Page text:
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Chronic Pain Sufferers Will Have Non-Addictive Alternative


A study from Columbia Technology Ventures, who were studying combat injury-related depression, has found an alternative to opiates or anti-depressants for chronic pain, the chemical N60.

Pain is a feeling that is experienced in the brain, expressed when signals are sent along nerves in the peripheral nervous system (PNS). Researchers are just beginning to understand how pain works exactly and as they do, better options are being found.

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Currently, chronic pain is treated with opiates or anti-depressants. There are downsides to each one of those. With opiates, you have the likelihood of addiction and tolerance. With the anti-depressants, there is tolerance as well. Tolerance is where a medication stops being as effective as the body becomes used to the medication in its system. In some cases, a sensitization also occurs (although less commonly) where a patient may become less tolerant to the medication and develops more severe adverse side-effects.

Researcher, professor of Pathology and Cell Biology at Columbia University Medical Center developed the N60 after the pathway was discovered by Dr. Ying-Ju Sung, Assistant Professor of Clinical Pathology. This pathway to the brain exists in the PNS and if left unaltered, the pathway continues to interfere with the electrical properties of the neuron resulting in chronic pain. However, the researchers found PKG, a protein in the pathway that can be used as switch to turn it off.

Since a protein would make an excellent target for medication, doctors developed a analgesic and called it N60. And because the pathway is in the PNS rather than the CNS (central nervous system), this means there’s less chance of developing an addiction or building up tolerance. Dr. Ambron has said “We found in PKG a well-defined target that has been implicated in several types of pain that are particularly refractory to treatment. Now, we have an excellent inhibitor of the target which imparts no evident toxic or behavioral side effects and which also alleviates chronic pain in animal models of nerve injury and inflammation. N60 is non-addictive and non-sedative, and a single dose attenuates pain for at least 24 hours.”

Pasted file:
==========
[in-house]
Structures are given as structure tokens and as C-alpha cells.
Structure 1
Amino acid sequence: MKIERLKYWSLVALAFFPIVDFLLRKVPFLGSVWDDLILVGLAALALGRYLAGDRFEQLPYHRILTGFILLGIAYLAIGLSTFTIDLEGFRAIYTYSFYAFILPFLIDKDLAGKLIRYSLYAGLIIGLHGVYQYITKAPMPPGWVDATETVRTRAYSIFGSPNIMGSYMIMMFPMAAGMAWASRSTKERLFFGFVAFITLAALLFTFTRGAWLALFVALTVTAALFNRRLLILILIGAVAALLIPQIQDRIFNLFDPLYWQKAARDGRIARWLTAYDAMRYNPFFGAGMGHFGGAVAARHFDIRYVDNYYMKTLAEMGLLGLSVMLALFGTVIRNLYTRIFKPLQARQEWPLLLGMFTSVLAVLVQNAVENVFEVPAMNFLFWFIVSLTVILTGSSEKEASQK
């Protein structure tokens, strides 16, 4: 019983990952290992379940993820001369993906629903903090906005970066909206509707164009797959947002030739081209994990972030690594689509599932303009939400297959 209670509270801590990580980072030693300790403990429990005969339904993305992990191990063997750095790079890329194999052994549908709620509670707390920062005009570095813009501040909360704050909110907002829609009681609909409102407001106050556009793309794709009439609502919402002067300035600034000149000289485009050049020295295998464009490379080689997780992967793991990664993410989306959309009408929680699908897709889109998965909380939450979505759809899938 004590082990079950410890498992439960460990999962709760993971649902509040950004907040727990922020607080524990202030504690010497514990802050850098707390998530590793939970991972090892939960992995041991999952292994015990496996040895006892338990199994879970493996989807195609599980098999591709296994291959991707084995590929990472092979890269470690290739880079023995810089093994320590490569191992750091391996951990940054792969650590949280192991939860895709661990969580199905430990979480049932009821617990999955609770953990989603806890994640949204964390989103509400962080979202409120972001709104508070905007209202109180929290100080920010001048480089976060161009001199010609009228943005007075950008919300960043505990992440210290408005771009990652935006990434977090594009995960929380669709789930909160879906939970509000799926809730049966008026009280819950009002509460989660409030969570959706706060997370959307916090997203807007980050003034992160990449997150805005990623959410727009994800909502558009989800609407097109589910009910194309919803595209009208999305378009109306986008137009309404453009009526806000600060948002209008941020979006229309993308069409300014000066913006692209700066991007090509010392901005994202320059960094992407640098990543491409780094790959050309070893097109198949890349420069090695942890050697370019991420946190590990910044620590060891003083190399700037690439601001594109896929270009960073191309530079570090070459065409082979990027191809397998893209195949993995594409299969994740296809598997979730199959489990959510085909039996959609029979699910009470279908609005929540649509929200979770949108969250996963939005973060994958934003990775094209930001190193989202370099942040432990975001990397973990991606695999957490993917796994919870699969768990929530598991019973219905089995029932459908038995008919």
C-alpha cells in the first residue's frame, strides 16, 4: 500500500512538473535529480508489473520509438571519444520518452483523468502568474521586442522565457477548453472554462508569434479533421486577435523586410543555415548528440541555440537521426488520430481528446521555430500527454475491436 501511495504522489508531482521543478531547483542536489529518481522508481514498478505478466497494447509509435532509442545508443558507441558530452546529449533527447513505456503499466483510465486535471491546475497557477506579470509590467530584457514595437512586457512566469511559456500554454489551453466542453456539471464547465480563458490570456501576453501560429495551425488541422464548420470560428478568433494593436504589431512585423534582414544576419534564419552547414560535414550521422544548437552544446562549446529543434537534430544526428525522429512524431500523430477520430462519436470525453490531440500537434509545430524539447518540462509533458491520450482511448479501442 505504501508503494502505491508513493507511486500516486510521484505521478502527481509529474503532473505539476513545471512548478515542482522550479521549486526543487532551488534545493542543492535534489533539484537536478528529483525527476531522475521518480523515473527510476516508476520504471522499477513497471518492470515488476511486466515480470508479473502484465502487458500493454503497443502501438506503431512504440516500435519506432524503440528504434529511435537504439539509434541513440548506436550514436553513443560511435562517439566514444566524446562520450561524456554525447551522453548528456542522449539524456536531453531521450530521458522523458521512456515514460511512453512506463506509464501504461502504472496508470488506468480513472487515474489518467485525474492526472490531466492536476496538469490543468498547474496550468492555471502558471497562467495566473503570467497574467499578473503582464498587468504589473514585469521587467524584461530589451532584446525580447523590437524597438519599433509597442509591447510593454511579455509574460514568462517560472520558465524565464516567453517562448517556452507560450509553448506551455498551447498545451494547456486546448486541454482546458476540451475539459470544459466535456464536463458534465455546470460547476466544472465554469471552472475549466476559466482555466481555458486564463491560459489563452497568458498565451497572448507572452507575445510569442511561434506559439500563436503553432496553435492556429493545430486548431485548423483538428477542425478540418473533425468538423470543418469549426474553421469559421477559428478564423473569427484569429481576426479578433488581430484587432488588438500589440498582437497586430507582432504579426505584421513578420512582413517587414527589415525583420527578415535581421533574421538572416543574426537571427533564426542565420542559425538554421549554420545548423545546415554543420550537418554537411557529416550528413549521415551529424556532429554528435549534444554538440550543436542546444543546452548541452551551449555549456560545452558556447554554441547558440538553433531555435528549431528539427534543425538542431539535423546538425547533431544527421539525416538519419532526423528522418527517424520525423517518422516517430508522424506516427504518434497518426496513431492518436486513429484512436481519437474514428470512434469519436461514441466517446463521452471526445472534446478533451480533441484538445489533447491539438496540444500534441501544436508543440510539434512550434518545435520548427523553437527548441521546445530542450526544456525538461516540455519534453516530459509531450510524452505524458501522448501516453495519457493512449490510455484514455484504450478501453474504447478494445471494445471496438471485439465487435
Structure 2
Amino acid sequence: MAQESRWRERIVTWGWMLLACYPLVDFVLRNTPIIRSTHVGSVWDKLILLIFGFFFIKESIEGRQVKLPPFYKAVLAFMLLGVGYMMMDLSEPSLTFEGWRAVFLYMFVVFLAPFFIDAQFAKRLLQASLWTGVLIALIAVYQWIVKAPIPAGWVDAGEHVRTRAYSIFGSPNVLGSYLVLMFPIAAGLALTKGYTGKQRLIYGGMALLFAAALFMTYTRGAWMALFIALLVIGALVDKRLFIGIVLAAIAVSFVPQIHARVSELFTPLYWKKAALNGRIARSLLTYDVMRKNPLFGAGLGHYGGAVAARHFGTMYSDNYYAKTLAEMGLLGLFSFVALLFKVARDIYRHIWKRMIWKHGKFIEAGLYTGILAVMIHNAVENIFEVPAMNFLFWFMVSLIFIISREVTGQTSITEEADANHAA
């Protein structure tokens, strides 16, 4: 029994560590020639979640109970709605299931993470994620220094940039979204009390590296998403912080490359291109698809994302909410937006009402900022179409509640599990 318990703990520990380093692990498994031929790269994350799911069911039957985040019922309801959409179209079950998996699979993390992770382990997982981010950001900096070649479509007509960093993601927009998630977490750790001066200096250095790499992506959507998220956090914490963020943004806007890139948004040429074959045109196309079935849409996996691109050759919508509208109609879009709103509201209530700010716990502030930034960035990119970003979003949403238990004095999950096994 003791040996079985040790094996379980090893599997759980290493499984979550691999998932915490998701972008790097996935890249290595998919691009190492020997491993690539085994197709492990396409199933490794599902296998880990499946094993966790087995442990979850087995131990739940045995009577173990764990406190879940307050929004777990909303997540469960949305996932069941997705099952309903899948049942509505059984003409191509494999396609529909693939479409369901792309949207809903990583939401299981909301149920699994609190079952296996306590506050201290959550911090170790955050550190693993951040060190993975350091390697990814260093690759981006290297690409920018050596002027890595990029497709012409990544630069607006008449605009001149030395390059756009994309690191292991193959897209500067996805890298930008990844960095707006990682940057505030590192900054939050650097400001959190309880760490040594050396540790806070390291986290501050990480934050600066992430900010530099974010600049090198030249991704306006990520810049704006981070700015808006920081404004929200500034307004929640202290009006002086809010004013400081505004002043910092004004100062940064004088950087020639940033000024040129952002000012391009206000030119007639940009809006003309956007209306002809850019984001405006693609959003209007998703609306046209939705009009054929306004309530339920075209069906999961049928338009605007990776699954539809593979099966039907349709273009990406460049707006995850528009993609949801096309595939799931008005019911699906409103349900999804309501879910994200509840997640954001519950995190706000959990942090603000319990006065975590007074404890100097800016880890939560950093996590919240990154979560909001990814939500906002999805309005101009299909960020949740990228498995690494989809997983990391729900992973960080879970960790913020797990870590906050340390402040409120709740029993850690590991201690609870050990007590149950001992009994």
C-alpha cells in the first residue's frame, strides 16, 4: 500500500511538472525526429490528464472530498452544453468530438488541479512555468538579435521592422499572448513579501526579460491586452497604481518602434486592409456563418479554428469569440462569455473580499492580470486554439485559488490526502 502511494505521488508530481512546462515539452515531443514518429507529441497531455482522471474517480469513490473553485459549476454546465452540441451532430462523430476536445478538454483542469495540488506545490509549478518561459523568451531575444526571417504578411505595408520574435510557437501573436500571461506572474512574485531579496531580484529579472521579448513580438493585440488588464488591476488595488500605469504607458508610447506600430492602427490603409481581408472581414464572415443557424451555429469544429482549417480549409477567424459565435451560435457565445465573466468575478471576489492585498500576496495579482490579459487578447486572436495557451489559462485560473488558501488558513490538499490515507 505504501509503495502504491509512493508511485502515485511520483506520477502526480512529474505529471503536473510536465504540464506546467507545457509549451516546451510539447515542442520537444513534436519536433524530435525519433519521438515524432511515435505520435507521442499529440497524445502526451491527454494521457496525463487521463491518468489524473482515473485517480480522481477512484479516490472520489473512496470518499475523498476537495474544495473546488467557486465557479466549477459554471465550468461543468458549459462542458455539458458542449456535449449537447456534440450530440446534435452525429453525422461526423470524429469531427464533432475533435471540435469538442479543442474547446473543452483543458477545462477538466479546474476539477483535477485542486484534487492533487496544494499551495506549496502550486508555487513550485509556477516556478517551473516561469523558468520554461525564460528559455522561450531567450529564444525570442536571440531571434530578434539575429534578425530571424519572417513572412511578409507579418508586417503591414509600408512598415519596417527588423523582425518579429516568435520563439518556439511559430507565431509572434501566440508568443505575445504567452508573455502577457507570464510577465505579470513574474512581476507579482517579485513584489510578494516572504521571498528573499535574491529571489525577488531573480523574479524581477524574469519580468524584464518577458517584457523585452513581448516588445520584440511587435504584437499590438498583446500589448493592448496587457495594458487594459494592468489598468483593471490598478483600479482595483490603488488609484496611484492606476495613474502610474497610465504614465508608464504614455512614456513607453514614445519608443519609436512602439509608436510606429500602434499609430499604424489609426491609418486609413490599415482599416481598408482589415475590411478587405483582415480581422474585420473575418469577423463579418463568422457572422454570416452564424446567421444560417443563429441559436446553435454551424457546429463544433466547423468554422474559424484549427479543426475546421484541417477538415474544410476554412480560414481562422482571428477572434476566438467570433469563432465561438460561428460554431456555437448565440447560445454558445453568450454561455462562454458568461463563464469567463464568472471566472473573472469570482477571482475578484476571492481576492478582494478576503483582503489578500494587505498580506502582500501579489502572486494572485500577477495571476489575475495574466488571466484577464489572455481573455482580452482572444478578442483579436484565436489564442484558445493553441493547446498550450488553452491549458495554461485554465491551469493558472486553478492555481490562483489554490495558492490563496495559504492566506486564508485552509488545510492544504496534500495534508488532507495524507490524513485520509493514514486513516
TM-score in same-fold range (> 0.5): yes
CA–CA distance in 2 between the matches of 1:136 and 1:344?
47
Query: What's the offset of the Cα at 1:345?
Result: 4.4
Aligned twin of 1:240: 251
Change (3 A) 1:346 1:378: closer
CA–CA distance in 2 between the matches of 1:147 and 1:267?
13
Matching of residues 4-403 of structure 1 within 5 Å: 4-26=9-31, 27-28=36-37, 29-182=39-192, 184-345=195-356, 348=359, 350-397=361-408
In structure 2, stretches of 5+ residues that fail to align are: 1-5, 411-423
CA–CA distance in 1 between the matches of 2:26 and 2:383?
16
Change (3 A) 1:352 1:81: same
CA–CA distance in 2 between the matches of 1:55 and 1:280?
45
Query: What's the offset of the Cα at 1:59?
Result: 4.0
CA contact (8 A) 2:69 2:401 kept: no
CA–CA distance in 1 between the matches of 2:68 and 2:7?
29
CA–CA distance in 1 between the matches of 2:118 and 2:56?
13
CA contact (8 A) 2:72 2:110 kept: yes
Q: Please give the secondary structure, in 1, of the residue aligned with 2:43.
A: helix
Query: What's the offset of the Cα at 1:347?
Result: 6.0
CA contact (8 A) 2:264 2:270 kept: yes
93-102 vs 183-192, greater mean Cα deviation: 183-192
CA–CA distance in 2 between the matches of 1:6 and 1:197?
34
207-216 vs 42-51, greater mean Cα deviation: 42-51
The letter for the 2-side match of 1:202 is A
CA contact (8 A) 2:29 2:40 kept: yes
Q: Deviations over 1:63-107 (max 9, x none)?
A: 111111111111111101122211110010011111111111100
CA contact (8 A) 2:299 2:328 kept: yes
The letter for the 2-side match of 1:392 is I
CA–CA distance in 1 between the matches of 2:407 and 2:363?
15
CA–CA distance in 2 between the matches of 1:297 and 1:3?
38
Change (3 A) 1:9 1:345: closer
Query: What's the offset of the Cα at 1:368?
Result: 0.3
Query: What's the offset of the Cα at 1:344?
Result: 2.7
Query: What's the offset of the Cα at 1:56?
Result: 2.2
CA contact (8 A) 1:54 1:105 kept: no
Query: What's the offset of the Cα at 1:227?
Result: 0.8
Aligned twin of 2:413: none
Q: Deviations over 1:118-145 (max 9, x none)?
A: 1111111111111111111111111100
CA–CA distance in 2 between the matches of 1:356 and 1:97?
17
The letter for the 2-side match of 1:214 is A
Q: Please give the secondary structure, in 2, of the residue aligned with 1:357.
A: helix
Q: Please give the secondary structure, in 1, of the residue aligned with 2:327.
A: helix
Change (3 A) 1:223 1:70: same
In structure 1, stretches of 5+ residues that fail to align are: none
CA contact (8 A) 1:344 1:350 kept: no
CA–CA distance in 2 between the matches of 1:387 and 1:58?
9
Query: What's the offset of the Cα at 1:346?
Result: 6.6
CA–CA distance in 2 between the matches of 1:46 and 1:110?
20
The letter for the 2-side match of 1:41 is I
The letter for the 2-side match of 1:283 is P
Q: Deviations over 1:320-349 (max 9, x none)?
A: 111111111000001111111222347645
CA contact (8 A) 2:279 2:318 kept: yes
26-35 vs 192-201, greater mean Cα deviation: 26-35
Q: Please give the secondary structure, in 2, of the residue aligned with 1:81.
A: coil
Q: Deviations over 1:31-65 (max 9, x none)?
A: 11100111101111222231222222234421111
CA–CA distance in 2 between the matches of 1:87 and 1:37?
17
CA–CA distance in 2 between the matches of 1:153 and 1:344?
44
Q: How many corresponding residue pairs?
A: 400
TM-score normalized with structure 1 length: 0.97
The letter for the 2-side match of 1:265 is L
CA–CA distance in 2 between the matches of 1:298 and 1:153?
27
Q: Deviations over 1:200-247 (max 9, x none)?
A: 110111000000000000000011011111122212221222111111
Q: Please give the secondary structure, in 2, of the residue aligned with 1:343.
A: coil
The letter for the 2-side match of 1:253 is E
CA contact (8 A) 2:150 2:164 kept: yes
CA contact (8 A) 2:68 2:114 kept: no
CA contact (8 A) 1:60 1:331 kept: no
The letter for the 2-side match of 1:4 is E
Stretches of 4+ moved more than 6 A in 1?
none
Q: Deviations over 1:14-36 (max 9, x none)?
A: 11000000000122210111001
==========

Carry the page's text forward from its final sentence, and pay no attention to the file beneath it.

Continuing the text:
This is good news for chronic pain suffers, such as those with combat injuries, chronic arthritis, fibromyalgia, degenerative joint disease and the like where medications to treat the chronic pain has had mixed results. And the best news, is that it is non-addictive. As Dr. Ambron notes, addiction is “a problem that conveys a whole set of economic and social issues for our country and society at-large.” If this pain-blocker can work effectively without the resulting addiction, a whole subset of a population will be helped. People who have gone to the street to get more of their prescribed medication because they’ve built up a tolerance and/or become addicted, can now turn to N60 soon to get relief from chronic pain instead.